September 14, 2007
ANN ARBOR, Mich. -- One comment changed the course of my week and opened my eyes to the story behind the Michigan-Notre Dame rivalry.
I have Michigan coach Lloyd Carr to thank.
During the football team's weekly press conference, a reporter asked Carr what made the rivalry special for the coach, who's been a part of more than half of the games the two teams have played against each other (13 as an assistant, eight as a head coach).
Carr's response was memorable.
"This guy, John Kryk, who I think has written a wonderful history of the Notre Dame-Michigan game, I recommend you find his book and read it," Carr said with a hint of sarcasm.
Lloyd was probably just trying to muster a few laughs. I took him seriously and read it.
I found the Kryk's chronicle "Natural Enemies" at Barnes & Nobles and settled into a cushioned chair to skim the 298 pages for an hour (I'm a college student -- I don't read what's not required).
And wouldn't you know it, Carr was right. I learned exactly what went into one of the oldest college football rivalries.
Here's a recap.
Michigan taught Notre Dame how to play the game. Seriously.
The Wolverine players took a train to South Bend, Ind., on Nov. 23, 1887, offered some individual instruction sessions, won 8-0 and then hopped back on a train to go play in Chicago.
George DeHaven, a member of the Michigan team who was instrumental in setting up the game, put it best.
"We played gently with them that day."
From that point, Notre Dame always looked to Michigan as an icon. The problem was, the Wolverines didn't feel the same way.
In 1910, Michigan coach Fielding Yost wanted to cancel the game after Notre Dame won the year before. Yost complained the Fighting Irish didn't adhere to the Western Conference rules by playing freshman and students who had already used their eligibility.
Kryk describes the Michigan mindset as an older brother who felt the Fighting Irish shouldn't always get to hang out with the older crowd.
It probably didn't help that the Notre Dame coach in 1909 was Frank "Shorty" Longman, who had played fullback for Yost at Michigan. Longman lived in Ann Arbor, Mich., at the time and made every effort to brag about the win.
The series didn't resume until 1942 after a 32-year hiatus, and it stopped a year later. In 1943, No. 1 Notre Dame beat No. 2 Michigan, and the series was cancelled again.
The two storied programs didn't return to the same gridiron again until 1978, 35 years later. The Wolverines won 28-14.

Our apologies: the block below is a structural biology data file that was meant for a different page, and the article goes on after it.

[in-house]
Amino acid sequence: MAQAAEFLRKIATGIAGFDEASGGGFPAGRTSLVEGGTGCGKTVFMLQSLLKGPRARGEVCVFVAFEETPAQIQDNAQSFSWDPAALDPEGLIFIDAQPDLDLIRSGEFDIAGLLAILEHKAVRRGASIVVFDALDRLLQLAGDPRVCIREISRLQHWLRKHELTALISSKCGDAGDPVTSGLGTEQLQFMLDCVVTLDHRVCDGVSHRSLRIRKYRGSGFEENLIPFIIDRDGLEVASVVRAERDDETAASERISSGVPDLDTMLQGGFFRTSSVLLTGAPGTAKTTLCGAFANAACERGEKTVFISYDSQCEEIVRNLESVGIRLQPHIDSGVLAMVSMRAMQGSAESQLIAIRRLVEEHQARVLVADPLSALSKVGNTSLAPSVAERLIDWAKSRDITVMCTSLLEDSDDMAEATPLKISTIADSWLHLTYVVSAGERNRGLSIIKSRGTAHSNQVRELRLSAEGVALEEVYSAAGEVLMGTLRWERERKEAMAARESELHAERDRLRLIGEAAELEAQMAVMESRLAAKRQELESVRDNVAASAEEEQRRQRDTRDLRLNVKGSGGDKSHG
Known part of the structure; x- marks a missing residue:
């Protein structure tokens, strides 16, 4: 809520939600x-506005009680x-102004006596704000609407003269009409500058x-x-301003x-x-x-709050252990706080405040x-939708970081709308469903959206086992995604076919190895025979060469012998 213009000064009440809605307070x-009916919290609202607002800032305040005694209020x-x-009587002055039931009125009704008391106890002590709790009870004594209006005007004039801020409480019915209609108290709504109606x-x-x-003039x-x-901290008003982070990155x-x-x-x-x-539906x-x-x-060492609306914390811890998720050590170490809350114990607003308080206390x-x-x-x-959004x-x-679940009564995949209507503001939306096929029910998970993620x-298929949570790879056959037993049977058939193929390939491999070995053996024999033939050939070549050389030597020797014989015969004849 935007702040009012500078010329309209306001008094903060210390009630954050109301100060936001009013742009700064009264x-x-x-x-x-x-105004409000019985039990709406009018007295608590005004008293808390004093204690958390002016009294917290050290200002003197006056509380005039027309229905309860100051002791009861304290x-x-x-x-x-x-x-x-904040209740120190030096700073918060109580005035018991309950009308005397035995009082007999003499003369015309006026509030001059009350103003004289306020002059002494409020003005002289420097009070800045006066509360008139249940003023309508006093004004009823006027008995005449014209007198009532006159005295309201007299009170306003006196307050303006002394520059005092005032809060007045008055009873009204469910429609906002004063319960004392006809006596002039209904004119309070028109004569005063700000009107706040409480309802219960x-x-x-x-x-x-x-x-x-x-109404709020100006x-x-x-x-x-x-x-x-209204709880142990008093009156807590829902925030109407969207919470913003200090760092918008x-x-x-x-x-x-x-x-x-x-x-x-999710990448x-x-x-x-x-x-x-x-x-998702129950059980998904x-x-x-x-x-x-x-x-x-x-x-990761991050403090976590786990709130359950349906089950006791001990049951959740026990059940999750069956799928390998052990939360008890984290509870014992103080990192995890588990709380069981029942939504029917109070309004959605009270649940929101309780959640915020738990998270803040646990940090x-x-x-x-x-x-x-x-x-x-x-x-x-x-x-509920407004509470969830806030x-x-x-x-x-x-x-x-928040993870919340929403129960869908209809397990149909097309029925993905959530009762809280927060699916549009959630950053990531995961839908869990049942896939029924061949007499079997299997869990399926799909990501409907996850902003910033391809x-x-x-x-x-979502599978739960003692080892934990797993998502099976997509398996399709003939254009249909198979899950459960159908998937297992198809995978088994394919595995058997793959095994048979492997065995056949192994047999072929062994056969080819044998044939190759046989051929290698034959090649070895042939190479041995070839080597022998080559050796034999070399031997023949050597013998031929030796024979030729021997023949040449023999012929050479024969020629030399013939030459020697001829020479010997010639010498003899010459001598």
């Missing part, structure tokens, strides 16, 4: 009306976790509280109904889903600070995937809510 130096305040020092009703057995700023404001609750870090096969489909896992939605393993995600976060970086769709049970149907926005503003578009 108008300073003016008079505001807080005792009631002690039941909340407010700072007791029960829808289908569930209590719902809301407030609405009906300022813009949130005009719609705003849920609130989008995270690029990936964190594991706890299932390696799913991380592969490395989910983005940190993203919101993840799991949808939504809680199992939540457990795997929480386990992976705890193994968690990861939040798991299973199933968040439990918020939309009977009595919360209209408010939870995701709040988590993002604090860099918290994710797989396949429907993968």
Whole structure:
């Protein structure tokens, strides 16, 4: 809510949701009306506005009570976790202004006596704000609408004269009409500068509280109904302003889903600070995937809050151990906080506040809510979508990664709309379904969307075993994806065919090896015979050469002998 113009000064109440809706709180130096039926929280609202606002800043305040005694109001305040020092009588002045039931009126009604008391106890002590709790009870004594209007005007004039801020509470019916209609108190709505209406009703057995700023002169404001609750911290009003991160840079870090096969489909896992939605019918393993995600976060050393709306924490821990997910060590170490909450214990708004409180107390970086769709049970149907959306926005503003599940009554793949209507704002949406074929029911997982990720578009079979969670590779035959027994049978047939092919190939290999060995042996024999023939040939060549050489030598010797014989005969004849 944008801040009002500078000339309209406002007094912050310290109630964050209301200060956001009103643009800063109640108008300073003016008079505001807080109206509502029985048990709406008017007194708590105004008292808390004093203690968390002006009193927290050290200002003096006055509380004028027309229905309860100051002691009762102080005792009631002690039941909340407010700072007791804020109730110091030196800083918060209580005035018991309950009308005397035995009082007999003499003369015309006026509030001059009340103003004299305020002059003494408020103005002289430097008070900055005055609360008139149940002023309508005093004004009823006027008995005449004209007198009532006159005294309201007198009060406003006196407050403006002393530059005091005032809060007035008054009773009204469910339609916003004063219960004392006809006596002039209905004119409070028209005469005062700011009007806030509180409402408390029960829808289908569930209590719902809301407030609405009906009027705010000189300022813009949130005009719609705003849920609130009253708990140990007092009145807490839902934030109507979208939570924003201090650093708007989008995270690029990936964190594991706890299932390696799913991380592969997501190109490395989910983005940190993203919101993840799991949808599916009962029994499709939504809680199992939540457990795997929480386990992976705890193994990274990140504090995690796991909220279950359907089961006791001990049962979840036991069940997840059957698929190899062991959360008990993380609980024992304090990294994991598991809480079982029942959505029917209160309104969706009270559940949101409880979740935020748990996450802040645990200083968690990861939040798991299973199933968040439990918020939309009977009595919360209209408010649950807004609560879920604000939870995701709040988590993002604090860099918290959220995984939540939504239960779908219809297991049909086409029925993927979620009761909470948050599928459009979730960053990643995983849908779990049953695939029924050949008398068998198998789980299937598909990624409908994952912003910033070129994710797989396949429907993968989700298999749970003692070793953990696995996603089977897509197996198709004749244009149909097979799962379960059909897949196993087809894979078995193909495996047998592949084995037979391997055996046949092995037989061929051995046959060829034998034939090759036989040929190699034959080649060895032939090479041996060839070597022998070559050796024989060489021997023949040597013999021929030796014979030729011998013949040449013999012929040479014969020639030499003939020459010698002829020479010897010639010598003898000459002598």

The annual matchup became a fixture after 1978, and many of them were named after a game-changing play. There was the Miracle Field Goal (1980), Rocket's Returns (1989), the Catch (1991) and the Tie (1992).
One of the most interesting stories surfaced in the 1985 game. Michigan coach Bo Schembechler had come off a 6-6 season and hadn't won 10 games in four straight years. Kryk said critics questioned whether the game had passed Bo by. Hmm. Sounds familiar.
Michigan, quarterbacked by Jim Harbaugh, won 20-12, and Schembechler led that year's squad to a 10-1-1 record, including a win over Ohio State.
Maybe Carr's thinking this year's Notre Dame game can have a similar effect on his team.
Back to the history. Michigan leads the all-time series 19-14-1, but since the rivalry resumed in 1978, Notre Dame leads 12-10-1.
Throughout the years and the squabbles, Notre Dame continued and the Wolverines were always the one at a distance. Schembechler even said he won't put the Golden Domers on the schedule "if they got down on their hands and knees and begged ... to hell with Notre Dame."
The controversy is still strong. The latest episode developed this summer. Notre Dame athletic director Kevin White said the Fighting Irish would play Oklahoma in place of Michigan when the Fighting Irish's contract with the Wolverines expired after 2011.
The two teams quieted the media storm. The historical rivalry is supposed to go through 2031, but who really knows what will happen.
So maybe Carr wasn't just joking when he told the media to read the book. It just might take 298 pages to explain the rivalry.